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Archive for November 4th, 2020

IRS Discovered a new Text Scam

Wednesday, November 4th, 2020

The IRS wants to remind people that scammers have been relentless when it comes to using the Economic Impact as a cover to steal your personal information including bank account numbers. The IRS will never text you to get your bank account information. The scam text reads as follows:

“You have received a direct deposit of $1,200 from COVID-19 TREAS FUND. Further action is required to accept this payment into your account. Continue here to accept this payment …”

The text then includes a link to click on that takes you to a fake IRS website where they direct you to enter your bank account information to receive the payment. Then once you enter your information the scammer now has all your bank information.

Per the IRS, People who receive this text scam should take a screen shot of the text message that they received and then include the screenshot in an email to phishing@irs.gov with the following information:

• Date/Time/Timezone that they received the text message
• The number that appeared on their Caller ID
• The number that received the text message

As a reminder for any type of potential scam, never give out your personal information to any form of unsolicited contact. If you need information regarding the IRS, you should go directly to their site IRS.gov and not click on any links from an unsolicited text or email.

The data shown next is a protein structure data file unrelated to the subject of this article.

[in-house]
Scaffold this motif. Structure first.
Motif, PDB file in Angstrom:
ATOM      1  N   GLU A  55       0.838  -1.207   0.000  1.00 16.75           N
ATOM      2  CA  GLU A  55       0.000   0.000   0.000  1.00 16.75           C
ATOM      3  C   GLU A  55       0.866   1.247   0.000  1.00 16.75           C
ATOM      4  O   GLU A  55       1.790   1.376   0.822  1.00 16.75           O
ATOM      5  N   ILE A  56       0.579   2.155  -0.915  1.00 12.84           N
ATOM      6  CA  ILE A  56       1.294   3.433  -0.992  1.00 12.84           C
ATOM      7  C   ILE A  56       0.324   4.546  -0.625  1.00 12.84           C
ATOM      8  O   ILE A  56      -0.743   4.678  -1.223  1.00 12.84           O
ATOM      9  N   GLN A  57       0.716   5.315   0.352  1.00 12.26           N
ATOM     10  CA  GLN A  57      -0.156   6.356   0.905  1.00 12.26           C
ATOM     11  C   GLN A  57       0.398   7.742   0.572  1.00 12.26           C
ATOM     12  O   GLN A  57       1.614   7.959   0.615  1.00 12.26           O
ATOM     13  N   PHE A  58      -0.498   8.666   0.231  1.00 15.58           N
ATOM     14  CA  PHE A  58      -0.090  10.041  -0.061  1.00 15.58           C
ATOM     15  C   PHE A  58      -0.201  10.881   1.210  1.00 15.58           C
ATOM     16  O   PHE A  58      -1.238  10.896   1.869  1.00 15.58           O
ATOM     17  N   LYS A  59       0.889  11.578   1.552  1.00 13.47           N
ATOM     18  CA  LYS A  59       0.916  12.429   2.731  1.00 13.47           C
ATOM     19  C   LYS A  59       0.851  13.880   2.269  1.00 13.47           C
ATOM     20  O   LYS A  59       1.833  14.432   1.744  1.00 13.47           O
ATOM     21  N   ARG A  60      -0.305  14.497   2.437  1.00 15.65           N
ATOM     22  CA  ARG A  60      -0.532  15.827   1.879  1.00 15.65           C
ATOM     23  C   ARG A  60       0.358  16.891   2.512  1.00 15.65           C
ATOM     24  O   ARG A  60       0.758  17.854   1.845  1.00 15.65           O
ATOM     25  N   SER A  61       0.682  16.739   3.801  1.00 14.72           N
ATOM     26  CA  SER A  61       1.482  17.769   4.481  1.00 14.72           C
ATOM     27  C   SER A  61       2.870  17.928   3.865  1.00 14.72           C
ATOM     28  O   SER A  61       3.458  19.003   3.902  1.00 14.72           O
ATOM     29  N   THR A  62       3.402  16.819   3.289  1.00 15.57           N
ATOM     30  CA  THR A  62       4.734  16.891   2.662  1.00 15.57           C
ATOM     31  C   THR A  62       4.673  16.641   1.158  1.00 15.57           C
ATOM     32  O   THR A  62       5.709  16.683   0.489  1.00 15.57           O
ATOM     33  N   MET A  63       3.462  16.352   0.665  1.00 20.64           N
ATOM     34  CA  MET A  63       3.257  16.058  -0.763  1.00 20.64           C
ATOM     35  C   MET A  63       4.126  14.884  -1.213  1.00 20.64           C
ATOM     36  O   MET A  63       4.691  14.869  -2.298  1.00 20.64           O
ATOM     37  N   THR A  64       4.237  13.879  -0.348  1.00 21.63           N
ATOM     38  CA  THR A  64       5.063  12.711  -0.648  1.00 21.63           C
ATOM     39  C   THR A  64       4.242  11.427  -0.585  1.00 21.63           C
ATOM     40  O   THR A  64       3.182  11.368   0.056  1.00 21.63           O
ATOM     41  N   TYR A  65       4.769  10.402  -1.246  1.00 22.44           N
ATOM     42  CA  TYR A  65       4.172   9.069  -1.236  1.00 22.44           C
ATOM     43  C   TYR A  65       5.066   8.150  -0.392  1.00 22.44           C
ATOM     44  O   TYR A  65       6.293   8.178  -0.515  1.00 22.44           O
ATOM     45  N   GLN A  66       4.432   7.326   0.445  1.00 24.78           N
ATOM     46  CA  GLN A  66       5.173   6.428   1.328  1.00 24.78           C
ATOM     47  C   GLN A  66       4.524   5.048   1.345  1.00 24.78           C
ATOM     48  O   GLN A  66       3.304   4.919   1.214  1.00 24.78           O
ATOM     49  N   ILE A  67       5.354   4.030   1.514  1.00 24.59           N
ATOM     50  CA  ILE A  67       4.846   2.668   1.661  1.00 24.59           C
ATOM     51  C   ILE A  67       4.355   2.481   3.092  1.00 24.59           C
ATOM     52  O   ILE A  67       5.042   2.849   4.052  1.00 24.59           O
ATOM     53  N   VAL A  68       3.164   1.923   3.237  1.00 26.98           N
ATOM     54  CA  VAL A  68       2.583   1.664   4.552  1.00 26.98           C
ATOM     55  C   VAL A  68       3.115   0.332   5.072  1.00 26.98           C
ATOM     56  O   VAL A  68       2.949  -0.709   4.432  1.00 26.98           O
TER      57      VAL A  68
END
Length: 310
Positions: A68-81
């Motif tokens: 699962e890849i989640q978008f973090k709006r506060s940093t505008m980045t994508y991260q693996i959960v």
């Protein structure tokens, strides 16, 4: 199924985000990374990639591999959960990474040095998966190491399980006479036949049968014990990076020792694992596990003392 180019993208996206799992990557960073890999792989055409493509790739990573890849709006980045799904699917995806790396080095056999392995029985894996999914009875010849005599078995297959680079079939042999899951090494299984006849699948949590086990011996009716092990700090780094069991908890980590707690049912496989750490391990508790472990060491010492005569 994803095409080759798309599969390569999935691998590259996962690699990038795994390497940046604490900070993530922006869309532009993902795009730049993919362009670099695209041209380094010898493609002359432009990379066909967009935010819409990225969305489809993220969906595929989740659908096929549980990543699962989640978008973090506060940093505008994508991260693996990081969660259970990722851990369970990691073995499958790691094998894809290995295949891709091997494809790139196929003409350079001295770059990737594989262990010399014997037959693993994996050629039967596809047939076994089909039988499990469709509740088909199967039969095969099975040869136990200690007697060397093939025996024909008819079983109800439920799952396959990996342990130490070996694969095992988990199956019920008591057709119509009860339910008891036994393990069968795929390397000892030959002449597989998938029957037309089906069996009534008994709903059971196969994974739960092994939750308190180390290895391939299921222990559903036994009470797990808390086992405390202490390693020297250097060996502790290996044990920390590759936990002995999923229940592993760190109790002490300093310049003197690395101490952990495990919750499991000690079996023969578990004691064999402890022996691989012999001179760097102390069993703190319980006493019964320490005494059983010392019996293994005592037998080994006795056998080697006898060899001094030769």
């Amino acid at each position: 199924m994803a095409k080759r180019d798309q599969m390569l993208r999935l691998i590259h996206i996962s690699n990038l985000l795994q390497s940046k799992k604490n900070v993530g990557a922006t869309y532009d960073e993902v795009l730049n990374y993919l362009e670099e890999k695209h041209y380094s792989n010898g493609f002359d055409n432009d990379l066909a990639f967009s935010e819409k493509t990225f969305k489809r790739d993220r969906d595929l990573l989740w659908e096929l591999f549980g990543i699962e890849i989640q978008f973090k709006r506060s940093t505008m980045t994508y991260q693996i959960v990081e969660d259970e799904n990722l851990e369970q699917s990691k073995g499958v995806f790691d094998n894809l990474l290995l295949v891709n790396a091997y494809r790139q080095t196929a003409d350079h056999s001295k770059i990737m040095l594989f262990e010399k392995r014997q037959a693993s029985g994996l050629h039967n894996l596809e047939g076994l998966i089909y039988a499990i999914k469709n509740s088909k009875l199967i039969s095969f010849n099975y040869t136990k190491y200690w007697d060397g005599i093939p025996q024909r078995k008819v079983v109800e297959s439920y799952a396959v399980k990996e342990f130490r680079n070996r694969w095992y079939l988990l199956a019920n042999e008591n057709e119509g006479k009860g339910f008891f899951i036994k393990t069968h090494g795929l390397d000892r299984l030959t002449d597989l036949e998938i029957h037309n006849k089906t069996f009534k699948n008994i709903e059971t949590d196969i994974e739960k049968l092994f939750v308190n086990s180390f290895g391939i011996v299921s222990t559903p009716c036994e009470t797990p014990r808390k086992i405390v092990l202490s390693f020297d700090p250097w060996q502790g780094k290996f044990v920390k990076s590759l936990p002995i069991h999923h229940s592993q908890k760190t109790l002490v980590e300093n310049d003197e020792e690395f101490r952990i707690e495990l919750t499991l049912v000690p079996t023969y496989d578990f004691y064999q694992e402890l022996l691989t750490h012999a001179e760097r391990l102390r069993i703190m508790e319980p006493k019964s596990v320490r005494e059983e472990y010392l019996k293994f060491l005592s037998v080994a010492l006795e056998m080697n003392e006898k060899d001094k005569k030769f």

Please consult your tax advisor on all the above information.

Watch out for Scams After Disasters

Wednesday, November 4th, 2020

The IRS is warning people to watch out for scams following any type of disaster, this is prime time for scammers to take advantage of individuals who want to help the victims of these disasters financially. The scam usually comes up after a hurricane, wildfire, or any other type of disaster. Scammers know that charity donations will often pickup after a disaster so that is what they try to take advantage of.

The scam will start some type of unsolicited communication such as email, text, a call, social media, etc. Then the scammers use the following tricks to try to get money or personal information out of you:

• Scammers will pretend to be from a legit charity in order to steal your money or information.
• Scammers will setup fake websites that look legit to get your money.
• Scammers will even pretend to be from the IRS and tell you they can help you get additional tax refunds if you work with them and make donations.
The IRS has a few tips with regards to disasters and fake charities:
• You can call the IRS directly at 866-562-5227 to speak with a specialist if you are a victim of a disaster.
• Taxpayers can visit the following IRS website to assist them in finding a real charity to donation to:

https://www.irs.gov/charities-non-profits/tax-exempt-organization-search

• Always contribute money that has a trail such as a check or a credit card.

Always remember that if you get an unsolicited request for your personal information it is most likely a scam so always be aware.

Please consult your tax advisor on all the above information.